Encouraging children to play outside isn't just good for them, it's good for the whole planet, according to author Scott Sampson.
Sampson is the CEO and president of Vancouver's Science World and a dinosaur paleontologist. He's written a book about how to encourage kids to get outside called How to Raise a Wild Child: The Art and Science of Falling in Love with Nature.
Playing outside, he says, is critical for children's development as critical thinkers and creative problem solvers.
Replacing screen time with outdoors time can also help with health.
"Right now, kids — especially younger kids — are suffering from skyrocketing rates of obesity, attention deficit disorder, diabetes, depression, even such conditions as myopia that are caused by this indoor lifestyle that we're leading," he said.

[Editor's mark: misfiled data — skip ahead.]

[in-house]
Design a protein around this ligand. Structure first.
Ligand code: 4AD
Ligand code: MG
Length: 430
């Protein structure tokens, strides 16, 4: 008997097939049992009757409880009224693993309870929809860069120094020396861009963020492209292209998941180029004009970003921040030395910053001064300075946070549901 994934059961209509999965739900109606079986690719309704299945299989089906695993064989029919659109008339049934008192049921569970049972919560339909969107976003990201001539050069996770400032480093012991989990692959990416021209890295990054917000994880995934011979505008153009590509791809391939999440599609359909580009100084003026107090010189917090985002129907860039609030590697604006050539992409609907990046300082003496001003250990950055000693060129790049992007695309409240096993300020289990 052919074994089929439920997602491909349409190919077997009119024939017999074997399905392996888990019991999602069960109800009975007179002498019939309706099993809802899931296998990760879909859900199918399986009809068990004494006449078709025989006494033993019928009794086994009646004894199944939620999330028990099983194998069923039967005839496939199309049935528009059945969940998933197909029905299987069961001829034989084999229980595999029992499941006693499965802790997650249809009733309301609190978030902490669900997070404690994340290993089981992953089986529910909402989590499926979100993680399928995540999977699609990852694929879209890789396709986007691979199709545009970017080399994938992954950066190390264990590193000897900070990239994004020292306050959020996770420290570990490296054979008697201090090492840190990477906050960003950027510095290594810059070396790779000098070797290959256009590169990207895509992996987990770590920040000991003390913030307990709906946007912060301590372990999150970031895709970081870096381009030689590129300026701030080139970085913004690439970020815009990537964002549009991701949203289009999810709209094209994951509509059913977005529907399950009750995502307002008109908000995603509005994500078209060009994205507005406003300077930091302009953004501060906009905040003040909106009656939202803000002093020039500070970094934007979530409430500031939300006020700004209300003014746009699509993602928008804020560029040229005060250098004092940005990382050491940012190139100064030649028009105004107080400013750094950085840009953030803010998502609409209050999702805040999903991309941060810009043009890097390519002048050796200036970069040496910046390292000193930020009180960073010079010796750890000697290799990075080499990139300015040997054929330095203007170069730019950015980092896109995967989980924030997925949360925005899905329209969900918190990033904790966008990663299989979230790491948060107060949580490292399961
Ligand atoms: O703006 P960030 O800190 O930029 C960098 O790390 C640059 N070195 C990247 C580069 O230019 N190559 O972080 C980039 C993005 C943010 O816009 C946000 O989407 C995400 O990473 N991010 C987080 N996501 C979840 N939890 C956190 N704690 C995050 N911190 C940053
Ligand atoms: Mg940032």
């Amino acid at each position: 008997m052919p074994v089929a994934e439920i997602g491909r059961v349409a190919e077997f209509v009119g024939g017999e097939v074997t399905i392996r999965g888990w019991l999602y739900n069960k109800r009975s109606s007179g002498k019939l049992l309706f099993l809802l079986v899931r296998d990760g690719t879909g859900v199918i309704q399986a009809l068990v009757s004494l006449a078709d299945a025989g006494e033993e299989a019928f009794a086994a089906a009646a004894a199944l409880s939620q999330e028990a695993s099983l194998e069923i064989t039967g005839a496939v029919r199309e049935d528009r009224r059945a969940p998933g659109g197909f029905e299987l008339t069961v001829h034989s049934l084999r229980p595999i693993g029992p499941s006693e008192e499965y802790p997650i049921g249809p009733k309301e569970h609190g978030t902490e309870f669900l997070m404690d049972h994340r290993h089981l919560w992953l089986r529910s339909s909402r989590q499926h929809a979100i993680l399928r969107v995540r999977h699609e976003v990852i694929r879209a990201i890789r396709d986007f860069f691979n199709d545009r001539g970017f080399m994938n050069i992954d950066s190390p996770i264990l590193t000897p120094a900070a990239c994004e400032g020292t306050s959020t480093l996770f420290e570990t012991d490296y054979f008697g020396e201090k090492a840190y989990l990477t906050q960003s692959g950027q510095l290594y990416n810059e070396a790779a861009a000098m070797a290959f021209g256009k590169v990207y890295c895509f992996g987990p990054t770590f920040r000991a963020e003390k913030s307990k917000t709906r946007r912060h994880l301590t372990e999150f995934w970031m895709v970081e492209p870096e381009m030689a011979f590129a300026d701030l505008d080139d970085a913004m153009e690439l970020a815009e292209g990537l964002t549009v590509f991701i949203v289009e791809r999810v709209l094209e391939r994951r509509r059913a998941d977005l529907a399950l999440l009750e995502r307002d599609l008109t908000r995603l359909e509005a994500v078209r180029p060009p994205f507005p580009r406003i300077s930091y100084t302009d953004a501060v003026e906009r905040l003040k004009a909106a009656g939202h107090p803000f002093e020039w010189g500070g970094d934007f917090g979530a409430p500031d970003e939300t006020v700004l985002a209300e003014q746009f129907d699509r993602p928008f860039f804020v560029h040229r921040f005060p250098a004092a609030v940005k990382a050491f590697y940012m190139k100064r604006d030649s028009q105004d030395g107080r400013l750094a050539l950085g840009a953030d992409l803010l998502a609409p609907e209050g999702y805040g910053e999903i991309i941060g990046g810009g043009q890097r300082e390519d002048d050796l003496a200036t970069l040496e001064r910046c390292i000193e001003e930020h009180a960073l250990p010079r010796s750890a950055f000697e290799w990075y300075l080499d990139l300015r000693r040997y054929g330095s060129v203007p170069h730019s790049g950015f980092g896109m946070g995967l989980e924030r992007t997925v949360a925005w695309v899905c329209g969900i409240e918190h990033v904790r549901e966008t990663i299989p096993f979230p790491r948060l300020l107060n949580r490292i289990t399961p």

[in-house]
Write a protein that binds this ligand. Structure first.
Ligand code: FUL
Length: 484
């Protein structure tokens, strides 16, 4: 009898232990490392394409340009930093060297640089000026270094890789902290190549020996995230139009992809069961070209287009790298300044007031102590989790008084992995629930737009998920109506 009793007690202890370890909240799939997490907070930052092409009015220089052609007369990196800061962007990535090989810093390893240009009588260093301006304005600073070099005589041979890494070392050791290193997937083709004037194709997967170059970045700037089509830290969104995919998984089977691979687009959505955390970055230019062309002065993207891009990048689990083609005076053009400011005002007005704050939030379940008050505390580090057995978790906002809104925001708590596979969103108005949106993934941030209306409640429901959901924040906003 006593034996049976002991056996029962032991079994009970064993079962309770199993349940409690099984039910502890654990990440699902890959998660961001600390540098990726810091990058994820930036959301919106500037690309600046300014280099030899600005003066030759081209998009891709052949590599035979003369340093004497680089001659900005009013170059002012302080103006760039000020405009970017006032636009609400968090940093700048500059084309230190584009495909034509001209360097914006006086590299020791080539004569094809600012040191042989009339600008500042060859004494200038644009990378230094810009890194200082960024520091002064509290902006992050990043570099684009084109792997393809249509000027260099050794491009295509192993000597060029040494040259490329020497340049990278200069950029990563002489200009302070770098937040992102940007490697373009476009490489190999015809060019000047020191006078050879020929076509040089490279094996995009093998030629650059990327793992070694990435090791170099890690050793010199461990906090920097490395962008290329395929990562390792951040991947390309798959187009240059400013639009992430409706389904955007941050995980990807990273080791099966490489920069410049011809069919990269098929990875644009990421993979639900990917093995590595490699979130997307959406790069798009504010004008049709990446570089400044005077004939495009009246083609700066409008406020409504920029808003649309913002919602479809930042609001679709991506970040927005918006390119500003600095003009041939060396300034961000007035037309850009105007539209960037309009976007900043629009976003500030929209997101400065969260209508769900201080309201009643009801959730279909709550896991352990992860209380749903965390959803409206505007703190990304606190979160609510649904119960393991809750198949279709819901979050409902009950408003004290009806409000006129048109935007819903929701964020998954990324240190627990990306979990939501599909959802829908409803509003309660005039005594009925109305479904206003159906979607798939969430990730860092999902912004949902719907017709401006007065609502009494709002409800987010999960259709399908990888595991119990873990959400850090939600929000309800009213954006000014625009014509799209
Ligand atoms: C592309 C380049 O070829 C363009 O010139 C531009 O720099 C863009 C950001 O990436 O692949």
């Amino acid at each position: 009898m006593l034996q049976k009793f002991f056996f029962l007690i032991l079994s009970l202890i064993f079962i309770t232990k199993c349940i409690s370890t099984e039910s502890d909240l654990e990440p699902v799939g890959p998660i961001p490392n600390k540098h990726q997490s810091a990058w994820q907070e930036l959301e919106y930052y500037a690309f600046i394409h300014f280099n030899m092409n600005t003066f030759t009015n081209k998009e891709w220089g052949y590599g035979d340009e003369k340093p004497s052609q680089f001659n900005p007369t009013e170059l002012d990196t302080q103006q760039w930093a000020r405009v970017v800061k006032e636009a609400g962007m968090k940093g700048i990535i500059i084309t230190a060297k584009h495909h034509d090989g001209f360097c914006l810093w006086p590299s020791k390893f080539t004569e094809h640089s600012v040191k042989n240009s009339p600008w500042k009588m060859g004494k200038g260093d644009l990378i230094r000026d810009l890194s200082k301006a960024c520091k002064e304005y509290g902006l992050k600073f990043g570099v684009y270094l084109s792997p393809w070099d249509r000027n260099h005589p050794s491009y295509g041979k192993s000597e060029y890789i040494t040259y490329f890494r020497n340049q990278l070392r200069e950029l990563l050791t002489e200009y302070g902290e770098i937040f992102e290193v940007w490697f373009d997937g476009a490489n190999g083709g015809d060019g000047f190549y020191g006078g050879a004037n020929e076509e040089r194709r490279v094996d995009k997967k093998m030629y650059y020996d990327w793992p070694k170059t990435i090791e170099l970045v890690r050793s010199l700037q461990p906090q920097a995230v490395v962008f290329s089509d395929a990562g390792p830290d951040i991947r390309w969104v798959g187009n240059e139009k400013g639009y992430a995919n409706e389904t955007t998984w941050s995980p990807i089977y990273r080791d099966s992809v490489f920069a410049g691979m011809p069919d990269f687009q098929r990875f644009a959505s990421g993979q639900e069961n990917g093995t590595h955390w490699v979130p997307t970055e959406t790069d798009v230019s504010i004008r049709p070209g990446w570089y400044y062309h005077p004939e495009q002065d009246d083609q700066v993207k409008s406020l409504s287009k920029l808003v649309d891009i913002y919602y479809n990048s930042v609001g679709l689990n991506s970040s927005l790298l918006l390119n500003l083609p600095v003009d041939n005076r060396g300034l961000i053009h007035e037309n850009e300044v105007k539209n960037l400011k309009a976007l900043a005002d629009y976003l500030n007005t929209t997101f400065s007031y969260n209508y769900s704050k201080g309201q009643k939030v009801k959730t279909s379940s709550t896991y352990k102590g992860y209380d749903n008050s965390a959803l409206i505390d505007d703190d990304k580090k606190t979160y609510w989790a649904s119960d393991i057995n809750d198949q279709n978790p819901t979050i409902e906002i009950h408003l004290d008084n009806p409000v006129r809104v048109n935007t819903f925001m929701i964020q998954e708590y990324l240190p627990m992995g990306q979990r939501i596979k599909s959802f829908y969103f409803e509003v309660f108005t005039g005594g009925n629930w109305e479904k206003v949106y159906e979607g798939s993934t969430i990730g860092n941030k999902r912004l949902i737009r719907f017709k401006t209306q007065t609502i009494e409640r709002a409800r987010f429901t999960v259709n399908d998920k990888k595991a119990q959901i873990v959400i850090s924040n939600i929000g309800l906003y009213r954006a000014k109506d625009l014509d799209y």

"Getting kids outdoors isn't the panacea. It isn't going to solve it all, but it's a huge part of the solution."
But Sampson says it's not only the health of individual children that is at stake, it's the environment at large.
"Go ask 100 scientists what is the most pressing issues of the day and you'll hear about climate change and species extinction and habitat destruction. All of those things are true, and we likely can't solve them unless people care about where they live. Why would they care if they don't spend any time outdoors?"
Sampson acknowledges it can be difficult to convince a kid who is used to playing video games to go outside, especially when they have no experience playing outside.
But his recommendation is simple: start with yourself.
"The best way to get kids outdoors is to take them there. If you're not going to let your kids run around the neighbourhood all day on a Saturday, start doing something yourself that involves getting outdoors. If you start to value nature, kids will too ... This goes for parents, teachers and all caregivers."
Scott Sampson is the keynote speaker this week at the Children and Nature Network Conference in Vancouver.
Listen to Scott Sampson on CBC's The Early Edition: